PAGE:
Document Type

Journal Article

Department/Unit

Department of Marketing

Title

Redefining home: How cultural distinctiveness affects the malleability of in-group boundaries and brand preferences

Language

English

Abstract

In a world of increasing global mobility, we investigate how feelings of cultural distinctiveness—feelings of being different and separated from the surrounding cultural environment—influence consumers’ preferences for brands that symbolize a related cultural group (i.e., a group that is geographically proximal and/or shares sociohistorical and cultural roots with one’s own cultural group). Results from seven studies demonstrate that consumers experiencing cultural distinctiveness are likely to evaluate favorably and prefer brands associated with a related cultural group, in a choice set or consumption situation, even if they are not the favored option in the choice set. This pro-in-group bias for culturally related brands is driven by a heightened desire to connect with “home,” which prompts consumers to expand their in-group boundaries to include the related cultural group within a broadened definition of home. However, this pro-in-group bias is attenuated when the salience of intergroup rivalries is high, where experiencing cultural distinctiveness can backfire and result in less favorable evaluations of brands associated with a related cultural group. This research is the first to demonstrate that cultural consumption is a dynamic process, and that in-group boundaries can be malleable and expandable, depending upon the motivation of the consumer.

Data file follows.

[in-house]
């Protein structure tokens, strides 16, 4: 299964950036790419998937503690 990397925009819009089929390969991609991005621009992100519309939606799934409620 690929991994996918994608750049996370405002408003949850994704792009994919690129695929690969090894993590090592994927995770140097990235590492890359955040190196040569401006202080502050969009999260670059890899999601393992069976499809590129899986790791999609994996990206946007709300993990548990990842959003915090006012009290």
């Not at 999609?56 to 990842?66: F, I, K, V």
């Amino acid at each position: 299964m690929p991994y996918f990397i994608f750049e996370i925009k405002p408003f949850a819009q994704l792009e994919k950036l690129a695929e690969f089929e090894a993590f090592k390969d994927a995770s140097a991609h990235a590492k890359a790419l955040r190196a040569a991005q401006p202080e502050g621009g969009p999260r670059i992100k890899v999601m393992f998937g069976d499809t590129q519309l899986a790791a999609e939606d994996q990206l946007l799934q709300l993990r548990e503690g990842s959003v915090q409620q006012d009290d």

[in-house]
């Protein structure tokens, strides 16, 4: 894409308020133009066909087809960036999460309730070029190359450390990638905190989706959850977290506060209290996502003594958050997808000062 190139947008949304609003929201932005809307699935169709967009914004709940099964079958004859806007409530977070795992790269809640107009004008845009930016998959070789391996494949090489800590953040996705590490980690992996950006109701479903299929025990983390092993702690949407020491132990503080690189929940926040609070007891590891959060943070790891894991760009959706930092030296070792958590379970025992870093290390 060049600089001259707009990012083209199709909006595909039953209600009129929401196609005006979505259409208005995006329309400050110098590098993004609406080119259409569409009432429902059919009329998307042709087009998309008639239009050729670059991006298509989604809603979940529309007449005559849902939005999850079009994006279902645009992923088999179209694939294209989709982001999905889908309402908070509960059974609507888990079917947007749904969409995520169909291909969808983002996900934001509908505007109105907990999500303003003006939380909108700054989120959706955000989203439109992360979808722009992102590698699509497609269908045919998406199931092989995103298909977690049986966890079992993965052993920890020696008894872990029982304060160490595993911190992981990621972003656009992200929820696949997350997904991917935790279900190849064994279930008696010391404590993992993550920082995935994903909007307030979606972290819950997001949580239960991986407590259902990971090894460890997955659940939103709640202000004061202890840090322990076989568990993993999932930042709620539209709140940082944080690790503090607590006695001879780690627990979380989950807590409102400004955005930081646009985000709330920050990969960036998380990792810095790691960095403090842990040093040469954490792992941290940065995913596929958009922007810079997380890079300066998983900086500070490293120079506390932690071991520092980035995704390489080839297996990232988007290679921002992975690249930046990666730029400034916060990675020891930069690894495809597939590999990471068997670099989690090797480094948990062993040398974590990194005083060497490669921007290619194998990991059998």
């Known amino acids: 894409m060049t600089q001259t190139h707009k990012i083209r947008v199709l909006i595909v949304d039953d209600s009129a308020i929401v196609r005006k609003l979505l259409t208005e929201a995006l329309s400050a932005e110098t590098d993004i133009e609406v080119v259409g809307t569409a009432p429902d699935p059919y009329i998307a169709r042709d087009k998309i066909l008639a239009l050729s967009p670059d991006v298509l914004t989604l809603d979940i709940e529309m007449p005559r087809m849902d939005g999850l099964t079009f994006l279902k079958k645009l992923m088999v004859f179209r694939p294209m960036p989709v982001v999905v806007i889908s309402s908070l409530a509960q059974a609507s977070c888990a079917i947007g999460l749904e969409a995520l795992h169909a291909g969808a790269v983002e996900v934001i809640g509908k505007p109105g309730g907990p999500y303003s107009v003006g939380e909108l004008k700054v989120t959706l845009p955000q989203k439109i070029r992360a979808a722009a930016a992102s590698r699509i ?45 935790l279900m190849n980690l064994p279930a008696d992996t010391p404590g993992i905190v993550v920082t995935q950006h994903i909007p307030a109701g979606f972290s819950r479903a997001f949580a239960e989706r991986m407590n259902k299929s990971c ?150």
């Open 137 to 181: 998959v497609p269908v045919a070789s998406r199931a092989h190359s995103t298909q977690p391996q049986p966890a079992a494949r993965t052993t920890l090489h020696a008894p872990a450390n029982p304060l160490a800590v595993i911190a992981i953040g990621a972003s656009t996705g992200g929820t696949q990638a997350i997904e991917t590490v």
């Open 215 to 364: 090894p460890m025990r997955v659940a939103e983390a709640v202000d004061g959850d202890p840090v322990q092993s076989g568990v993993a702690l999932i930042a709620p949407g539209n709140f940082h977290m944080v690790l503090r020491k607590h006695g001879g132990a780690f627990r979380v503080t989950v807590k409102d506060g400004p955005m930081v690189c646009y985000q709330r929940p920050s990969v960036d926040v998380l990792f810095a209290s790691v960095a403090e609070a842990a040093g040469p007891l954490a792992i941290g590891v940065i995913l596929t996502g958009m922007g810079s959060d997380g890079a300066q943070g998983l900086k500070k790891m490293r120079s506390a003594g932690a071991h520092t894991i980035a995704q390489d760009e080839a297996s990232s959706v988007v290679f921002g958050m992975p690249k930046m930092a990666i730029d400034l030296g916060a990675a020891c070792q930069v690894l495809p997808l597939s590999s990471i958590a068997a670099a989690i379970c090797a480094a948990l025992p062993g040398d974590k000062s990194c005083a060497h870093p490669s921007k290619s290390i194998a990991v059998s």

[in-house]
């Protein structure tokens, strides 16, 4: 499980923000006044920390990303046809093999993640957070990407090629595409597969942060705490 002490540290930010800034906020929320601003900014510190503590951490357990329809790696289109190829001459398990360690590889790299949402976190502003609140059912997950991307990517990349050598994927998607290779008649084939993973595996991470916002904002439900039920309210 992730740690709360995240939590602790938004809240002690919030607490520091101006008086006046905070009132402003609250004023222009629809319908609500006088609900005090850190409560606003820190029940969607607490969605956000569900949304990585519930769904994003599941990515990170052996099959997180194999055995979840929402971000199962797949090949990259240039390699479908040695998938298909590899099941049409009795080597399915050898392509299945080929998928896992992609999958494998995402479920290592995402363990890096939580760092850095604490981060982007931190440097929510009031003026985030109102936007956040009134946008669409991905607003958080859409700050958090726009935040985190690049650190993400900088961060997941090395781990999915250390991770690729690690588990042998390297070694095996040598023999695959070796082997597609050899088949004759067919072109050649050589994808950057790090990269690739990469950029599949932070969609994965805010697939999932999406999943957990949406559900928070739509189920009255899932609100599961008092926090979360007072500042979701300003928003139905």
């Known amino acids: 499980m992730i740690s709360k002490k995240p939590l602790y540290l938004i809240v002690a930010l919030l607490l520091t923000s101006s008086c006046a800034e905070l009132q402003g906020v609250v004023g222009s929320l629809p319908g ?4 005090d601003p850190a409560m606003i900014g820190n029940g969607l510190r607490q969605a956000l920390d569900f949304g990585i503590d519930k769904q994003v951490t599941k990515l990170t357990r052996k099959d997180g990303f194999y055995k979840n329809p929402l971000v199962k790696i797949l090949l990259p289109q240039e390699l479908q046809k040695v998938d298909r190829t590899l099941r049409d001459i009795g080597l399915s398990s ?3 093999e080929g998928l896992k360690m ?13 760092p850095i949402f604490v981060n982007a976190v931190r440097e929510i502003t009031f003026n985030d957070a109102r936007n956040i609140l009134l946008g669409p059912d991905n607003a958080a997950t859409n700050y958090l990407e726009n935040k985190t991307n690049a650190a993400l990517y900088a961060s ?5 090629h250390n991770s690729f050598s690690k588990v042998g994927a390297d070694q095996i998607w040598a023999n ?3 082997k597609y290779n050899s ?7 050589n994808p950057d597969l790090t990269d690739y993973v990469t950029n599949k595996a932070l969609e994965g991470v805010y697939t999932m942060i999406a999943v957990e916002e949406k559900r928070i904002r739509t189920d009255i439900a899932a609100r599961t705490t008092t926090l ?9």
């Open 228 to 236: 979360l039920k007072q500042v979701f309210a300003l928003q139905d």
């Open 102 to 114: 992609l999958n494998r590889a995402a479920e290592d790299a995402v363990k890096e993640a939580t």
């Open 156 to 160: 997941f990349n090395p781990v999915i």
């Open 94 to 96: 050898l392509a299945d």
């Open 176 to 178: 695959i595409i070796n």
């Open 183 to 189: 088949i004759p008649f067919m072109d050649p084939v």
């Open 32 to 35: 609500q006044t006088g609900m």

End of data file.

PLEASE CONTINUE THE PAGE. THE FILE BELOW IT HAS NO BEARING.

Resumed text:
Keywords

culture, brand preferences, cultural symbolism, cultural distinctiveness, in-group bias

Publication Date

6-2017

Source Publication Title

Journal of Consumer Research

Volume

44

Issue

1

Start Page

44

End Page

61

Publisher

Oxford University Press

Peer Reviewed

1

Copyright

© 2017 Journal of Consumer Research Inc.

Funder

The authors gratefully acknowledge funding support from the Hong Kong Research Grants Council (GRF 241011) awarded to Shirley Cheng.

DOI

10.1093/jcr/ucw072

Link to Publisher's Edition

http://dx.doi.org/10.1093/jcr/ucw072

ISSN (print)

00935301

ISSN (electronic)

15375277

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